In many impoverished regions of the world, it may not be possible to assess two major risk factors for preterm birth: a short cervical length and the depletion of vaginal lactobacilli. We determined whether measuring specific compounds in vaginal fluid might be a simple, noninvasive, and cost-effective way to predict the bacteria that dominate the vaginal microbiome and indicate the presence of a shortened cervix (25 mm). Vaginal fluid samples were prospectively collected from midtrimester pregnant women, and the concentrations of D- and L-lactic acid, tissue inhibitor of matrix metalloproteinases TIMP-1 and TIMP-2, matrix metalloproteinases MMP-2 and MMP-8, the 70-kDa heat shock protein, a2 isoform of vacuolar ATPase, and sequestrome-1 were quantified by an enzyme-linked immunosorbent assay (ELISA). The compositions of vaginal microbiomes were assessed by analysis of the V1-V3 regions of 16S rRNA genes, while cervical length was determined by transvaginal ultrasonography. The vaginal microbiomes could be clustered into five community state types (CSTs), four of which were dominated by a single Lactobacillus species. The dominance of Lactobacillus crispatus or Lactobacillus jensenii in the vaginal microbiome predicted the level of D-lactic acid present. Several of the biomarkers,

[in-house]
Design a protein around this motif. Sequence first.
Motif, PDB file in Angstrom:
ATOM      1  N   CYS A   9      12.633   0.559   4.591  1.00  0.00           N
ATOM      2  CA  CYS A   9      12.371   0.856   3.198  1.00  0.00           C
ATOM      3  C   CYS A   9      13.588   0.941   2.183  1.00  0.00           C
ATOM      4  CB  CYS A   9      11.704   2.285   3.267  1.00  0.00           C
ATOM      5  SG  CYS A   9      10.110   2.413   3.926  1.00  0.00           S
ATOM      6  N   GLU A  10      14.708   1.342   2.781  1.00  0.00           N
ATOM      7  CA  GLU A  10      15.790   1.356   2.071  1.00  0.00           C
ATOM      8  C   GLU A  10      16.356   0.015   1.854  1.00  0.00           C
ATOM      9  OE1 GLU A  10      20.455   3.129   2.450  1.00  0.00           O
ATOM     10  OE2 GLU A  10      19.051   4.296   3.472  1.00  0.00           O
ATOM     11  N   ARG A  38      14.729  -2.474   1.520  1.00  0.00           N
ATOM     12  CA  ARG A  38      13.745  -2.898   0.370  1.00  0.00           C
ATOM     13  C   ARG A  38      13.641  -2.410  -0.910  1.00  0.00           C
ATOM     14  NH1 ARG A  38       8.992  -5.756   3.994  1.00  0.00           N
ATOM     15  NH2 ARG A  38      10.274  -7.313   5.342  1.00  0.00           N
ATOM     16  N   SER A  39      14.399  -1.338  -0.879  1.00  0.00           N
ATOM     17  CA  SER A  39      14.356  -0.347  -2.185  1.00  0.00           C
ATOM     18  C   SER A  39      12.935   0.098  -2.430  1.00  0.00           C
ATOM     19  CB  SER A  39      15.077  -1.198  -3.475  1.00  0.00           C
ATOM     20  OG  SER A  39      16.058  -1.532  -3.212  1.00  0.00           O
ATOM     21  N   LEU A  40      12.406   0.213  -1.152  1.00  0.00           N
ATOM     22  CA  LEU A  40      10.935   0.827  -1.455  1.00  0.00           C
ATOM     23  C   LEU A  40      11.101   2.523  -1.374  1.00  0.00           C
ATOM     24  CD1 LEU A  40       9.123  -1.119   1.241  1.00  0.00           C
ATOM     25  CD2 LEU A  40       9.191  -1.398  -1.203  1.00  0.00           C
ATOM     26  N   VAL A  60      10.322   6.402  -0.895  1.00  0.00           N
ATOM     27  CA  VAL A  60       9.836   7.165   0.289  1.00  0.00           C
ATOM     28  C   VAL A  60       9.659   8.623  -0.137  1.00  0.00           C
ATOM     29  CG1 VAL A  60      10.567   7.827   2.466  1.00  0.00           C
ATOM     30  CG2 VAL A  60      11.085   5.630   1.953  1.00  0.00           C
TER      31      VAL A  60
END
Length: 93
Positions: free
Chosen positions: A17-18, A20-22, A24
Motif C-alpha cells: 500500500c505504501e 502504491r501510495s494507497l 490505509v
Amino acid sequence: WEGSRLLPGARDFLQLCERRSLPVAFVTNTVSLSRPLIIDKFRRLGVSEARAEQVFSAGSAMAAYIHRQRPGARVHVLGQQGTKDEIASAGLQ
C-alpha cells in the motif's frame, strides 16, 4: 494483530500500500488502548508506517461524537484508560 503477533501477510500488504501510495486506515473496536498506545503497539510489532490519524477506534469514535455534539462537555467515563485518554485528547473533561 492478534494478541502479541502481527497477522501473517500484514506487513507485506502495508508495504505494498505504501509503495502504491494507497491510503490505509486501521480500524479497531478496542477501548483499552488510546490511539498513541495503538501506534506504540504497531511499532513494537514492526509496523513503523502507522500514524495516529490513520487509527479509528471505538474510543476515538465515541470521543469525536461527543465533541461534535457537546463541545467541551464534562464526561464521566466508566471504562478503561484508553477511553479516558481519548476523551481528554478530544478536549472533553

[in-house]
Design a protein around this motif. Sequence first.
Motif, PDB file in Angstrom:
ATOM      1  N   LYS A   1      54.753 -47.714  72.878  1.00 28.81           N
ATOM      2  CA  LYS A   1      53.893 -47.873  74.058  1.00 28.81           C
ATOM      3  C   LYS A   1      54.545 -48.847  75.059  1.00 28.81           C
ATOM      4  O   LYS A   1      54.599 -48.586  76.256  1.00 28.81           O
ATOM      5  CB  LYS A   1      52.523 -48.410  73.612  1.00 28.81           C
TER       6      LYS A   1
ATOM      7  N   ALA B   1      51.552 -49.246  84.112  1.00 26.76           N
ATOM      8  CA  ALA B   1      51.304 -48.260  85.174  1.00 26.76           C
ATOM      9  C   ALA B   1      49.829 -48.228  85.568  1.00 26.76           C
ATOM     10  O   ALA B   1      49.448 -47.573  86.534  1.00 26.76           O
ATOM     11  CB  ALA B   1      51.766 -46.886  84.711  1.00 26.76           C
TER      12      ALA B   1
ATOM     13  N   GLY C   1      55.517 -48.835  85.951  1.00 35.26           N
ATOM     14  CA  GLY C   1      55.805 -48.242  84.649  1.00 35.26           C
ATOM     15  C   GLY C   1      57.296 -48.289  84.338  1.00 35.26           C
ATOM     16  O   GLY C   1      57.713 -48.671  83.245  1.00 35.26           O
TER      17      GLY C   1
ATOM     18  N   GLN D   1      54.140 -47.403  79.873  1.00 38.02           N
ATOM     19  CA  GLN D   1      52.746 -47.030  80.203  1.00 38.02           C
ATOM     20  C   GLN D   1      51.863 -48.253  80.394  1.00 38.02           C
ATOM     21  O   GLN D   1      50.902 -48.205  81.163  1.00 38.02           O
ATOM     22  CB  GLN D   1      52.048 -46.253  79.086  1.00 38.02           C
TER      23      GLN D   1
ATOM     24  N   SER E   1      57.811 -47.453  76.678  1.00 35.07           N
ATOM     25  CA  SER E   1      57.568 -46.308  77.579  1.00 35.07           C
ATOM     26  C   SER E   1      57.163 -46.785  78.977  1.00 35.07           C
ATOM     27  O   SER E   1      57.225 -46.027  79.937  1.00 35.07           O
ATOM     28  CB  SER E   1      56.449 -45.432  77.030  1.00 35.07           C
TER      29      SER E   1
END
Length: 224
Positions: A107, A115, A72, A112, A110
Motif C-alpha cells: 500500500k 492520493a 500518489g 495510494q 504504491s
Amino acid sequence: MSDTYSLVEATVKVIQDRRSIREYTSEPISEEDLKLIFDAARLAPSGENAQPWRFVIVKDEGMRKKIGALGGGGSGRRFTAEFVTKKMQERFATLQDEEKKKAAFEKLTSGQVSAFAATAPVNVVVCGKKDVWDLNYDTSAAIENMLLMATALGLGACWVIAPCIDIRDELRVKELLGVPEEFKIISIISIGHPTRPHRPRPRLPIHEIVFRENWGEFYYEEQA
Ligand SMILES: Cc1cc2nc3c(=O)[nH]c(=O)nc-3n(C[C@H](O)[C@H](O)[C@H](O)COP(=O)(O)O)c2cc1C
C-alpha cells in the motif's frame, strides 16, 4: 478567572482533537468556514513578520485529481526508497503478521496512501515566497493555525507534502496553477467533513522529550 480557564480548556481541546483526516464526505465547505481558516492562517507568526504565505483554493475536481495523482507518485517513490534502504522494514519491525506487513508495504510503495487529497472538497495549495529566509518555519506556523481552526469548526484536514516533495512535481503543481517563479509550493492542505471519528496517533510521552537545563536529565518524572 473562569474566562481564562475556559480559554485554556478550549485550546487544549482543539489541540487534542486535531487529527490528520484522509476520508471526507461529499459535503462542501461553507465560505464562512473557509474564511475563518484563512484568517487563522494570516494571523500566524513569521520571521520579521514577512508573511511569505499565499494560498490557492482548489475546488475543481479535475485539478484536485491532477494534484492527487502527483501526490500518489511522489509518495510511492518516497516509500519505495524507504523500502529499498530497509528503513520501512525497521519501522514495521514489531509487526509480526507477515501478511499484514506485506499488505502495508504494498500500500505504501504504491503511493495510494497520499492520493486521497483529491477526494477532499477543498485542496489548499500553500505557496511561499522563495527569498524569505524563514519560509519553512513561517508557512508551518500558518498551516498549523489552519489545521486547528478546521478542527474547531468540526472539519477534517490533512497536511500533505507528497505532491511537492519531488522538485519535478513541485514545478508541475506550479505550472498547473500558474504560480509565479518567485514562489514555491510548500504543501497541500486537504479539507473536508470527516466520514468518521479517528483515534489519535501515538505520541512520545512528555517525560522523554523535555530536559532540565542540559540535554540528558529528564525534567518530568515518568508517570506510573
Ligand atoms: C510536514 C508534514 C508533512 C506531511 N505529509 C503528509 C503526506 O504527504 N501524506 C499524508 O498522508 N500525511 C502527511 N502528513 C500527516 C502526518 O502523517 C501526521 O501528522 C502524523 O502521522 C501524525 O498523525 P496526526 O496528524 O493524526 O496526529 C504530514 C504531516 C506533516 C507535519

especially TIMP-1, in combination with the subject’s age and race, were significantly associated with cervical length. Using piecewise structural equation modeling, we established a causal network that links CST to cervical length via biomarkers. We concluded that measuring levels of TIMP-1 and D-lactic acid in vaginal secretions might be a straightforward way to assess the risk for preterm birth due to a short cervix and microbiome composition.
Premature birth and its complications are the largest contributors to infant death in the United States and globally. A short cervical length and the depletion of Lactobacillus species are known risk factors for preterm birth. However, in many resource-poor areas of the world, the technology to test for their occurrence is unavailable, and pregnant women with these risk factors are neither identified nor treated. In this study, we used path analysis to gain an unprecedented understanding of interactions between vaginal microbiome composition, the concentrations of various compounds in vaginal secretions, and cervical length. We identified low-cost point-of-care measures that might be used to identify pregnant women at risk for preterm birth. The use of these measures coupled with appropriate preventative or treatment strategies could reduce the incidence of preterm births in poor areas of the world that lack access to more sophisticated diagnostic methods.
Citation: Witkin SS, Moron AF, Ridenhour BJ, Minis E, Hatanaka A, Sarmento SGP, Franca MS, Carvalho FHC, Hamamoto TK, Mattar R, Sabino E, Linhares IM, Rudge MVC, Forney LJ. 2019.
Vaginal biomarkers that predict cervical length and dominant bacteria in the vaginal microbiomes of pregnant women. mBio 10:e02242-19. https://doi.org/10.1128/mBio.02242-19